Most people probably aren’t familiar with what “management analysts” do, but it’s a hot job for companies that use visa workers in Charlotte.
Last year, it was the No. 1 position employers sought to place H-1B visa workers in across Charlotte, according to an Observer analysis of federal data. Employers filed applications to obtain approvals for about 1,000 of the analysts, whose duties include finding ways for companies to operate more efficiently.
All around the Charlotte region, the H-1B program is popular among companies in search of a variety of highly skilled roles, from professors to doctors – though demand typically comes from large technology-outsourcing firms.
The program is controversial, with critics arguing some employers use it to hire cheap foreign labor over U.S. workers. Uncertainty about the program’s future was sparked last month, after a draft of a Trump administration executive order was released calling for review of how such visas are allocated.
Last year, Charlotte employers’ demand for visas for management analysts was more than triple that for the next biggest jobs category: accountants and auditors.
Responsibilities for management analysts include advising companies on how to become more profitable through reduced costs and increased revenues, according to the U.S. Department of Labor. In Charlotte, those jobs range from consultants at companies like Deloitte and IBM, to analyst positions at information technology outsourcers Capgemini and Cognizant, to “tax staff” at accounting firm Ernst & Young, visa application data show.
Caroline Robertson, Charlotte-based branch manager for Robert Half Management Resources, said the metro area is “definitely seeing an uptick” in demand for business analysts, one of many job types included under the sweeping management analyst category. Among drivers she cited is “big data” – a term sometimes used for large sets of information companies amass on their customers.
“One reason demand for business analysts is so high is that more organizations want to make their big data actionable for decision making,” Robertson said.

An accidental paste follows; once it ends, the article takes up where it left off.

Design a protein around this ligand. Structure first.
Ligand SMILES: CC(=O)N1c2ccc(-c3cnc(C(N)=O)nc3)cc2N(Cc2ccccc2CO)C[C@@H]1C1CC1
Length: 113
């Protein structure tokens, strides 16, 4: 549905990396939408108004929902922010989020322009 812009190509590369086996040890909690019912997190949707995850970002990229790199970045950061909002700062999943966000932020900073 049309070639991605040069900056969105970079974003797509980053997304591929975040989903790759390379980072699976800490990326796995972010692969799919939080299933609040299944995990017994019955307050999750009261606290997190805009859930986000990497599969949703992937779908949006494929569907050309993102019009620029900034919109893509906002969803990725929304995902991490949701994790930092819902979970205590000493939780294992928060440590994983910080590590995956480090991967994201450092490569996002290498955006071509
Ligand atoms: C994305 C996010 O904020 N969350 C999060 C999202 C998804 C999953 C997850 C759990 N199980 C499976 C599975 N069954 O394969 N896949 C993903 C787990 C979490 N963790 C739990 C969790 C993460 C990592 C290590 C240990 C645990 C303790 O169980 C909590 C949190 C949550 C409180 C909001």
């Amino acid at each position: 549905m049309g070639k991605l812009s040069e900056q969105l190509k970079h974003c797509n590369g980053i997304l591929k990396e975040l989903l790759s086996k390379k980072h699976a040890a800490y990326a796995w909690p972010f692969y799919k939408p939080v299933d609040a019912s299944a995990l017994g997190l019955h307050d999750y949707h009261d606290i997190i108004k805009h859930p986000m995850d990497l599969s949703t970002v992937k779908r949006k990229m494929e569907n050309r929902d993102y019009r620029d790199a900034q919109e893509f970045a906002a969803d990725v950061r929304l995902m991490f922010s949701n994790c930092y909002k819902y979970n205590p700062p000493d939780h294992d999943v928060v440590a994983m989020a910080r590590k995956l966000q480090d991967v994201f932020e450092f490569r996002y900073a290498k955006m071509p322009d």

Critics of H-1B visa abuse by companies, though, say it’s hard to believe Charlotte employers must tap into foreign labor to fill certain management analyst jobs. Last year, roles Charlotte employers sought federal approval for include a quality assurance analyst position paying at least $37,086 a year, and a management analyst job for at least $39,354 a year.
“They sound like simple (computer) testing positions that really anyone could do,” said John Miano, co-author of a 2015 book, “Sold Out,” on visa abuse by companies and who often cites low wages paid to visa workers.
“The vast majority of these people, according to their employers, are not sufficiently skilled to command the average wage,” Miano said. “If we were bringing top people in this program, I’d be all for it.”
Nationwide, employment for management analysts is projected to surge 14 percent by 2024, double the average growth rate for all U.S. occupations, according to the Department of Labor. Over that period, employers are expected to add 103,400 jobs for management analysts.
In Charlotte, annual wages set to be paid to such workers topped six figures in some cases, reaching as high as $194,982, according to companies’ 2016 visa applications. Nationwide, the median annual wage for management analysts was $81,320 in 2015, and most analysts have at least a bachelor’s degree, according to the DOL.
Supporters of the H-1B program say the visas help companies fill jobs for which American workers lack skills, particularly in science, technology, engineering and mathematics. Critics say the program is abused, pointing to stories of businesses laying off Americans who then had to train foreign replacements willing to work for less money.
Paul Joyce, executive director of the McColl Executive Leadership Institute at Queens University of Charlotte, said business analysts, particularly those working for consulting firms, need the ability to quickly step into unfamiliar environments, gather information and draw conclusions on that data. Critical-thinking skills are also required, he said.
“I don’t think it’s super-unique-Ph.D-level skills,” Joyce said. “It’s a very high utility job that has a common skill set that can repeat itself on various types of projects.”
He said demand for management analysts is strong in many urban areas, like Charlotte, “where you have any gathering of businesses that are facing changes,” such as in regulation, competition and innovation.
“It doesn’t surprise me that it would be one of the highest-demand jobs in the Charlotte area,” Joyce said. “There’s hardly a business out there that’s not facing changes in order to survive and thrive.”